Stretching along the New England Highway near Stanthorpe in South Eastern Queensland, The Granite Belt is a rapidly emerging wine region. It is the largest of the Queensland wine regions, with a over 500 hectares under vine. The Granite Belt is home to many award winning food destinations, small restaurants and cafes proudly using local seasonal produce.
A catholic priest is credited with starting the wine industry here more than a century ago. Fr Jerome Davadi may not have realised that encouraging his parishioners to diversify their farms would have been the genesis of what has bcome the Queensland wine capital.
With over 1500 hectares of vines and a new generation of talented people at the top, the creation of quality Queensland wines has had wide acceptance nationally and internationally. The range of producers is significant from large vineyards which produce wine sold nationally, to tiny operations where the science of making wine is treated with the reverence of an artform. Some operations are well set up for large groups and most require bookings for coaches. While here, don't forget to check out our world-class National Parks with their unique granite formations and rare flora and fauna.
A former whaling station, Tangalooma Resort on Moreton Island is very lucky to be visited on a nightly basis by a small pod of bottlenose dolphins. The jetty at Tangalooma is the perfect platform for viewing and observing these wild dolphins as they continuously entertain visitors with their inquisitive antics. Moreton Island lies 58 kilometres northeast of the Queensland capital, Brisbane. The island is predominantly National Park and a popular destination for four wheel driving, camping, recreational angling and whale watching.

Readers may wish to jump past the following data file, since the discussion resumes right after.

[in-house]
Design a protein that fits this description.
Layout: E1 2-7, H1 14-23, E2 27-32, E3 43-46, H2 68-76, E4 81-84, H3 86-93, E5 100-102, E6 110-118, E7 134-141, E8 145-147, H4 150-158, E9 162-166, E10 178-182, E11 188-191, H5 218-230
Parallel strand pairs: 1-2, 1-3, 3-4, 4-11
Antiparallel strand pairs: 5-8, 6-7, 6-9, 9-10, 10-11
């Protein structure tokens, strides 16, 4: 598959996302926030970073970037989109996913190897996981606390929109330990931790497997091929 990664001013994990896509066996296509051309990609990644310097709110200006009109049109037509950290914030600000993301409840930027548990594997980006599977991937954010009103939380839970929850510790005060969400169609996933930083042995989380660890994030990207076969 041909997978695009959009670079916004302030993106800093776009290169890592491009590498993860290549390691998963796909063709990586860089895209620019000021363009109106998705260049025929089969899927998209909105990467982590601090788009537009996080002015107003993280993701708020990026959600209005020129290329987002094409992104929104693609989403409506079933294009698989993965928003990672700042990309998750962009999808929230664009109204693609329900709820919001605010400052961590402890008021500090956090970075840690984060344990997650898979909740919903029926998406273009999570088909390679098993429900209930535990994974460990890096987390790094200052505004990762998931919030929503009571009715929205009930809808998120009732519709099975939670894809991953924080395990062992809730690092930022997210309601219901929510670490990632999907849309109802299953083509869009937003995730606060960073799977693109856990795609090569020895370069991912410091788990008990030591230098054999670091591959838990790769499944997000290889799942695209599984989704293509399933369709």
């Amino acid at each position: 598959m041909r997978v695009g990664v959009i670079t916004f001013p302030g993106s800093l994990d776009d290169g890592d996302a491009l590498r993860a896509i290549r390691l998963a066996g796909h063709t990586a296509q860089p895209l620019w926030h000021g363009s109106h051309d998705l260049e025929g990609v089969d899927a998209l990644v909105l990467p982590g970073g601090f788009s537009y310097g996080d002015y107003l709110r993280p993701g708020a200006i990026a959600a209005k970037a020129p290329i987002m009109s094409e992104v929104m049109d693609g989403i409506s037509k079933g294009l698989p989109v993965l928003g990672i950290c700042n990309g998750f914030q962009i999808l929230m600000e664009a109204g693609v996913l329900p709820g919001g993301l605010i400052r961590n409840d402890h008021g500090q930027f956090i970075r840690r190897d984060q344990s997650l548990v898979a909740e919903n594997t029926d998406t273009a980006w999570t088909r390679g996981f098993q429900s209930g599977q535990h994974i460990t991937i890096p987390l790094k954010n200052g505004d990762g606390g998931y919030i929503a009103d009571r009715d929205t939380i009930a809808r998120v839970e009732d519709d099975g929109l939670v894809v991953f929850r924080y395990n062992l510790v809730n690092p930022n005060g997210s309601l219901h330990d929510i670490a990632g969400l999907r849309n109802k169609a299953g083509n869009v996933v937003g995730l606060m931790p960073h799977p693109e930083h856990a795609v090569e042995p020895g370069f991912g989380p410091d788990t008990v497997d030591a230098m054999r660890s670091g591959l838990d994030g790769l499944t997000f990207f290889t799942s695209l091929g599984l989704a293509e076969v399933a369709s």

Beyond the Southern Downs is The Outback, a the vast, remote, arid area of Australia. It is not a defined area, and people's interpretation of where the outback begins and ends varies greatly; the term generally refers to any lands outside the main urban areas.
The opening up of new highways and railways has made the Outback more accessible than ever before. It can still be a dangerous place if you travel beyond the limitations of your experience, but provided you don't stray too far off the beaten track, an outback journey can be a safe and fascinating travel experience into one of the world's last, largely uninhabited frontiers.